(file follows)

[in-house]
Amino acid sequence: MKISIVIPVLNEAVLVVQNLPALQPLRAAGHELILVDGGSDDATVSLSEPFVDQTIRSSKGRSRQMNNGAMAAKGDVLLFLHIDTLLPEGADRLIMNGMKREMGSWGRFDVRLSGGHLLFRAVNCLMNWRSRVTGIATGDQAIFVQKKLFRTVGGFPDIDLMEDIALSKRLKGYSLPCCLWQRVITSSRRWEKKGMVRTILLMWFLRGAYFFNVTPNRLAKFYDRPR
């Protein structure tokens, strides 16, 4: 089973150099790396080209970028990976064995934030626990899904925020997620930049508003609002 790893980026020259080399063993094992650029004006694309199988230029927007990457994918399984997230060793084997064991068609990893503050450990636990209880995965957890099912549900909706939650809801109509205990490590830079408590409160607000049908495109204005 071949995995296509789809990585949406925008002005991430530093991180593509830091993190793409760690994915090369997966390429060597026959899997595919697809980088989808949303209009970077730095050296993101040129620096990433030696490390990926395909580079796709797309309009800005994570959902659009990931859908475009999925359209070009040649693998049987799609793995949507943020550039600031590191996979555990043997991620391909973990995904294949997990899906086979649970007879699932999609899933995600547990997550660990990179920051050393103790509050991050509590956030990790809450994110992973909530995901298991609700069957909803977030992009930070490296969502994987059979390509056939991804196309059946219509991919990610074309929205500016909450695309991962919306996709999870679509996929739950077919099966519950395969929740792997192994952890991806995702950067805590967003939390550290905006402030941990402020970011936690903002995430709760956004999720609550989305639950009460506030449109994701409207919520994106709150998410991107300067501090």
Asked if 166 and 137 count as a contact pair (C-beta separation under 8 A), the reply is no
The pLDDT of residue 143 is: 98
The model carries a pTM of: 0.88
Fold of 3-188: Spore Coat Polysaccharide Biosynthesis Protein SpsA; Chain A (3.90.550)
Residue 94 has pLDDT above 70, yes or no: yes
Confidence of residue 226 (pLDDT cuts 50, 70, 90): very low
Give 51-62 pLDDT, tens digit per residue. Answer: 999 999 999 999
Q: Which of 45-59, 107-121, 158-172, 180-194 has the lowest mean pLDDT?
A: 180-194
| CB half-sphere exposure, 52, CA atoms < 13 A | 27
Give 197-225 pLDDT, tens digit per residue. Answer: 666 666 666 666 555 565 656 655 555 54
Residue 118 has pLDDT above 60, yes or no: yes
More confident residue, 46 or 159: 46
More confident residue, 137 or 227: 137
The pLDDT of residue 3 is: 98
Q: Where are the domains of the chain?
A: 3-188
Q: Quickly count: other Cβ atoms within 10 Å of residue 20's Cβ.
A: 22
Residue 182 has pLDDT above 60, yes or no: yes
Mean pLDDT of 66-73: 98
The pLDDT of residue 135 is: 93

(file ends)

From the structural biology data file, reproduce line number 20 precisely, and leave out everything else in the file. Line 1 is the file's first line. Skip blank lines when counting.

A: 3-188